When Goodall came out of the henhouse it was almost dark and it turned out she had been in there for almost four hours (patient curiosity!). No one had known where she was and her family had already called the police. Nonetheless, Goodall reports, when she went running up to her mother filled with incredible excitement about what she had seen and learned, her mother did not scold her but rather sat down and listened. How to keep curiosity alive in one’s child!

Day 059 – Inquiry example 02

I’m still working on developing my Inquiry skills and would like to share a recent attempt, in which I ask questions to understand the value of Inquiry itself. (Pretty tricky, huh?)

1 – Statement to explore: “Inquiry is an essential skill in the 21st century.” [A statement I do, in fact, believe.]

Some sample questions (starting at the bottom and all directed at simply understanding how the speaker sees it):

5 – Actions: What, in your opinion, do we need to do to spread the use of Inquiry?

4 – Conclusions: What do you think it takes to live well in the 21st century?

3 – Added meanings: How do you see those points fitting together? / What do you think happens when we don’t practice Inquiry?

2 – Data Selection: What is Inquiry to you? / What do you see as the characteristics of the 21st century?


Then, of course, I need to listen openly to what the speaker says, in the true spirit of Inquiry and curiosity!


Day 058 – Curiosity about one’s achievements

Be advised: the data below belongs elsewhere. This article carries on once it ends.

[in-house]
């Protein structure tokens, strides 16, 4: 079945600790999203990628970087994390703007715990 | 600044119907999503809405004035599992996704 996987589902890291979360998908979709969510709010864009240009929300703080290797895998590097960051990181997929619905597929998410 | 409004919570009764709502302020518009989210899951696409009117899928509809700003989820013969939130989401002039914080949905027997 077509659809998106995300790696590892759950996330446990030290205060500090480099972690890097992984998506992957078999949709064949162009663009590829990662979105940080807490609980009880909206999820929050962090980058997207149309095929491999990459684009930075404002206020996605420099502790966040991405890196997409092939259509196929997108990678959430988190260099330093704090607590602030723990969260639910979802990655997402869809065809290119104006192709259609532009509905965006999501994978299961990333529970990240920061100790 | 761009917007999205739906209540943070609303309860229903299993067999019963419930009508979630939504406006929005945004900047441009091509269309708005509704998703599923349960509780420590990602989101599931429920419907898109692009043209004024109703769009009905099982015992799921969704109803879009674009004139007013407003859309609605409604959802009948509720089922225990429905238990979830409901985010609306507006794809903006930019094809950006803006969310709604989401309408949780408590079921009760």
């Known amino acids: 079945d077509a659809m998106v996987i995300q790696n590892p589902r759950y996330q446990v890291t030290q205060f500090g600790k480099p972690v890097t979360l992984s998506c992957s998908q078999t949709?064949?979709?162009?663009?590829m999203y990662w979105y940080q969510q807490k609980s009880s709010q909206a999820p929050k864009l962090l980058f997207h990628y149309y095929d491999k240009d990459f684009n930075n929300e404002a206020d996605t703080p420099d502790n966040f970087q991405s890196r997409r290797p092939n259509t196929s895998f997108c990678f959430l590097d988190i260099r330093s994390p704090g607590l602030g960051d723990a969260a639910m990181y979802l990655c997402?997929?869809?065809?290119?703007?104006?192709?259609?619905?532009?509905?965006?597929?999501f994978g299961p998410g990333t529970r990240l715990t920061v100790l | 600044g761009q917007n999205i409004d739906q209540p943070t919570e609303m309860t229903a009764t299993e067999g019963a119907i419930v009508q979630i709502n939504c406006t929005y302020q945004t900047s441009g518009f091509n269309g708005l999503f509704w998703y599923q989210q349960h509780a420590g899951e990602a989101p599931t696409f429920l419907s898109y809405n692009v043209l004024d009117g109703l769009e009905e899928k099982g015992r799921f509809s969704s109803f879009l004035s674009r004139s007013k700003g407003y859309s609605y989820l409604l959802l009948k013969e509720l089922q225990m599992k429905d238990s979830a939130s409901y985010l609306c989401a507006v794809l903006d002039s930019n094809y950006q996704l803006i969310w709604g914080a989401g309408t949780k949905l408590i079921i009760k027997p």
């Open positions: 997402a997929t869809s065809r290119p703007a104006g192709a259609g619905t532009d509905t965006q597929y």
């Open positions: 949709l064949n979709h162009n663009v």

Somehow a post on appreciating achievements seems appropriate for what is the last day of the working week for many of us.

A few years ago, quite by accident, I came across Charles Duhigg’s book The Power of Habit, and I am very glad I did. It was an interesting read and gave me some good tools for creating habits I was happier with.

One thing Duhigg mentions—a crucial part of the book, in fact—is the habit loop. He tells the story of the development of Febreze and how hard it was to market the stuff. The company had a product that could eliminate (not just cover) even the smell of skunk in textiles and air, but they couldn’t sell it. The turning point came when they studied the habits of people cleaning their houses and realized that when the people were done making a bed, for example, they almost invariably tweaked the covers and smiled in acknowledgement of their labors. This led to the new, and successful, advertising campaign of showing someone cleaning a room and then, as a “minicelebration”, as one test subject expressed it, squirting Febreze into the air.

This advertising campaign is based on the power of the habit loop, which says that habits follow this pattern: cue – routine – reward. We automatically do something (the routine / habit part) because we experience some kind of cue, like a dirty room, and want a particular reward, in the example given the pleasure of a cleaner, tidier room. If we want to change habits, we need to identify the cue and reward in our equation. That helps us change the routine or habit that connects the two.